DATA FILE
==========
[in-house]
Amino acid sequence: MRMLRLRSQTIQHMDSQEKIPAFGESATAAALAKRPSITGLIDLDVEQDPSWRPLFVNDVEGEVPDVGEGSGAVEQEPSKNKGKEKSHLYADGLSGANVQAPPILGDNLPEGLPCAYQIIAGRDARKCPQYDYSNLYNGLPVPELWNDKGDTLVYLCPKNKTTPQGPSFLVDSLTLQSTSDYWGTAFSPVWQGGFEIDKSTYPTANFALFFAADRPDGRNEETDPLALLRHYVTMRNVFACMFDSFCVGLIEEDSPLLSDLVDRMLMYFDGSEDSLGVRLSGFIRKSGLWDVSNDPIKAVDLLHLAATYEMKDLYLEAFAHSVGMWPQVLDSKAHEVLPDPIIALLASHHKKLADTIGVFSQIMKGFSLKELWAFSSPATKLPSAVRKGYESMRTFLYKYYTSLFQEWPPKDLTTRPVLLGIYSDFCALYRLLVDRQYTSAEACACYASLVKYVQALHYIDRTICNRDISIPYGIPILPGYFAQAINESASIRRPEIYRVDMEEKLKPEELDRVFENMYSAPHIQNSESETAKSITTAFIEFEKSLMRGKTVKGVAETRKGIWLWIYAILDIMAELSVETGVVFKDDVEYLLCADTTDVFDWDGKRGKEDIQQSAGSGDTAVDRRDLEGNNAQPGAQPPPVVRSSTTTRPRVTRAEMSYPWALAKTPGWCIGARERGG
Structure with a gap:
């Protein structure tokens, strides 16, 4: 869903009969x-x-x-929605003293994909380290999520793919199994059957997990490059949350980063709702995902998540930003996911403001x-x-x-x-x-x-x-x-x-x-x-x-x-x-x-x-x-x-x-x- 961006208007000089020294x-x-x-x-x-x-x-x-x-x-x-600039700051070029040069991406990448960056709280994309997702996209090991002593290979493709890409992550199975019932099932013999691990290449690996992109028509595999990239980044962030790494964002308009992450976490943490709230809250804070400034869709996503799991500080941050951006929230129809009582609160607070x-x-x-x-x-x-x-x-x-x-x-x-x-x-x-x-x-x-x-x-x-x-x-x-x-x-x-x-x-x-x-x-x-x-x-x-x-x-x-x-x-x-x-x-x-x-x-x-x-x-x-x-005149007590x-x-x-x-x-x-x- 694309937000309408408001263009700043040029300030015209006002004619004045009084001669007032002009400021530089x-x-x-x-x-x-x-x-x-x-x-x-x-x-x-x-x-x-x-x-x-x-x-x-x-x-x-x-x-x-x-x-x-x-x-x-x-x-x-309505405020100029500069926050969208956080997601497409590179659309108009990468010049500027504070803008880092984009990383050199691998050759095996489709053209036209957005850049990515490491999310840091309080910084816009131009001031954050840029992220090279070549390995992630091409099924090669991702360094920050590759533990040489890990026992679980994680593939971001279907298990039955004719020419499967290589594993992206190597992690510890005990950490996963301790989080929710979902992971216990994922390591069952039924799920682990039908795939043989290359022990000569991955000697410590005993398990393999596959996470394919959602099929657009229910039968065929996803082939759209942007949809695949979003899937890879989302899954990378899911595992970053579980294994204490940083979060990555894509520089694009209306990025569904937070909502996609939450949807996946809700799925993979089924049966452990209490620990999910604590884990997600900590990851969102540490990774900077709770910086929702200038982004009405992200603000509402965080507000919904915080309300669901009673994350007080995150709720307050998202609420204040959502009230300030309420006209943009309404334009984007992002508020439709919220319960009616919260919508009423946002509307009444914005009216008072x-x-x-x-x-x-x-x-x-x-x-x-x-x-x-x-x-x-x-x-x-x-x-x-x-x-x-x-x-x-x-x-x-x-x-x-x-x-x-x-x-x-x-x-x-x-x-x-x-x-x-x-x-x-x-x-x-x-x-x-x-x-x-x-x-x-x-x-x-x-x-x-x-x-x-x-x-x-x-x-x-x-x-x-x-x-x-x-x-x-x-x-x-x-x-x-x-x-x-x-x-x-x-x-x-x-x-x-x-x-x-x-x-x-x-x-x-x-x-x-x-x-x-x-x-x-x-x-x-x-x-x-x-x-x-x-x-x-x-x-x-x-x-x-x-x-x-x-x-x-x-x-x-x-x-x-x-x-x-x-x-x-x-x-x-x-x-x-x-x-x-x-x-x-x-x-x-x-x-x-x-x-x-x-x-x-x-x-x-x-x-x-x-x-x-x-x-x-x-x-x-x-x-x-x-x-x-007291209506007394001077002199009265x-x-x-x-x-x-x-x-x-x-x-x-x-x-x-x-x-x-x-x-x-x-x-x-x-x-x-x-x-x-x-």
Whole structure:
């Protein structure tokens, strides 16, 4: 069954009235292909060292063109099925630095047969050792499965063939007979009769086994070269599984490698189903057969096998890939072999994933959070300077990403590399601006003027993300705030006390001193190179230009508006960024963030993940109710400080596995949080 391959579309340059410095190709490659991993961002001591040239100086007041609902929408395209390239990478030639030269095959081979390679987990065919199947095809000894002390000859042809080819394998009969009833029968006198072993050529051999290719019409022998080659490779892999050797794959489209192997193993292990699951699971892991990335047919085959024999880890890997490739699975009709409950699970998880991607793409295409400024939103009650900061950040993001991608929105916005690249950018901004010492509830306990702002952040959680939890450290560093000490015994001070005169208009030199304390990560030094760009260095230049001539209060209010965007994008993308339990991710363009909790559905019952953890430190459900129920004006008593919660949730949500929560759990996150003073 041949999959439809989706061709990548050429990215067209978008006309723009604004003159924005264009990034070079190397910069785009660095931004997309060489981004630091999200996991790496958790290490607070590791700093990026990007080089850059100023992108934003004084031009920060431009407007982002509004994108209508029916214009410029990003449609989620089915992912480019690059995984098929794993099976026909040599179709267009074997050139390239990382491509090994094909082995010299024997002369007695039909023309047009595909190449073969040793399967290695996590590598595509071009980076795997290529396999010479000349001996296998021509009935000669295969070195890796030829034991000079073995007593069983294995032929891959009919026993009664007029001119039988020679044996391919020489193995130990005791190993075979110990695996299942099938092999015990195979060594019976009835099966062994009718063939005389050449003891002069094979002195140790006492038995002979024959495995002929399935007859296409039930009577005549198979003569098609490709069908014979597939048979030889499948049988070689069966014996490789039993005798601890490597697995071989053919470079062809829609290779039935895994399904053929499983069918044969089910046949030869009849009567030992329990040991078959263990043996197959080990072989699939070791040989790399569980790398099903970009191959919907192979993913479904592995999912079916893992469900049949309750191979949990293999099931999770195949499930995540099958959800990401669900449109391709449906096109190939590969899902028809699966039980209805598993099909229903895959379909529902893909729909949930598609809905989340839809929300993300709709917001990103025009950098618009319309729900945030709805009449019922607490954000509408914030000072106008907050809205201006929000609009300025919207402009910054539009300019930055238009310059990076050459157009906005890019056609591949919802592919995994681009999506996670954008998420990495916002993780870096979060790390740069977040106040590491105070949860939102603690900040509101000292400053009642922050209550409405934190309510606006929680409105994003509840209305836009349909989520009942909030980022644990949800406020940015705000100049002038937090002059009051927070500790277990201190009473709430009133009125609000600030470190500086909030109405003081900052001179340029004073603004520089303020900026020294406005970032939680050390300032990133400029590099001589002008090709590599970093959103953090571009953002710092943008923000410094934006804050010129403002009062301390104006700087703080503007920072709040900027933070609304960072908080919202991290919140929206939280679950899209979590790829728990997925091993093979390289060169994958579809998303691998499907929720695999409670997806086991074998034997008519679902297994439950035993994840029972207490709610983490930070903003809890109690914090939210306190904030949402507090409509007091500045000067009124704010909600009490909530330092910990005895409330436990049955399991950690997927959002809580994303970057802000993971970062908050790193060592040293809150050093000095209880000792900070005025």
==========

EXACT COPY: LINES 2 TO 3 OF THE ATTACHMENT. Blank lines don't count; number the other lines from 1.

Amino acid sequence: MRMLRLRSQTIQHMDSQEKIPAFGESATAAALAKRPSITGLIDLDVEQDPSWRPLFVNDVEGEVPDVGEGSGAVEQEPSKNKGKEKSHLYADGLSGANVQAPPILGDNLPEGLPCAYQIIAGRDARKCPQYDYSNLYNGLPVPELWNDKGDTLVYLCPKNKTTPQGPSFLVDSLTLQSTSDYWGTAFSPVWQGGFEIDKSTYPTANFALFFAADRPDGRNEETDPLALLRHYVTMRNVFACMFDSFCVGLIEEDSPLLSDLVDRMLMYFDGSEDSLGVRLSGFIRKSGLWDVSNDPIKAVDLLHLAATYEMKDLYLEAFAHSVGMWPQVLDSKAHEVLPDPIIALLASHHKKLADTIGVFSQIMKGFSLKELWAFSSPATKLPSAVRKGYESMRTFLYKYYTSLFQEWPPKDLTTRPVLLGIYSDFCALYRLLVDRQYTSAEACACYASLVKYVQALHYIDRTICNRDISIPYGIPILPGYFAQAINESASIRRPEIYRVDMEEKLKPEELDRVFENMYSAPHIQNSESETAKSITTAFIEFEKSLMRGKTVKGVAETRKGIWLWIYAILDIMAELSVETGVVFKDDVEYLLCADTTDVFDWDGKRGKEDIQQSAGSGDTAVDRRDLEGNNAQPGAQPPPVVRSSTTTRPRVTRAEMSYPWALAKTPGWCIGARERGG
Structure with a gap: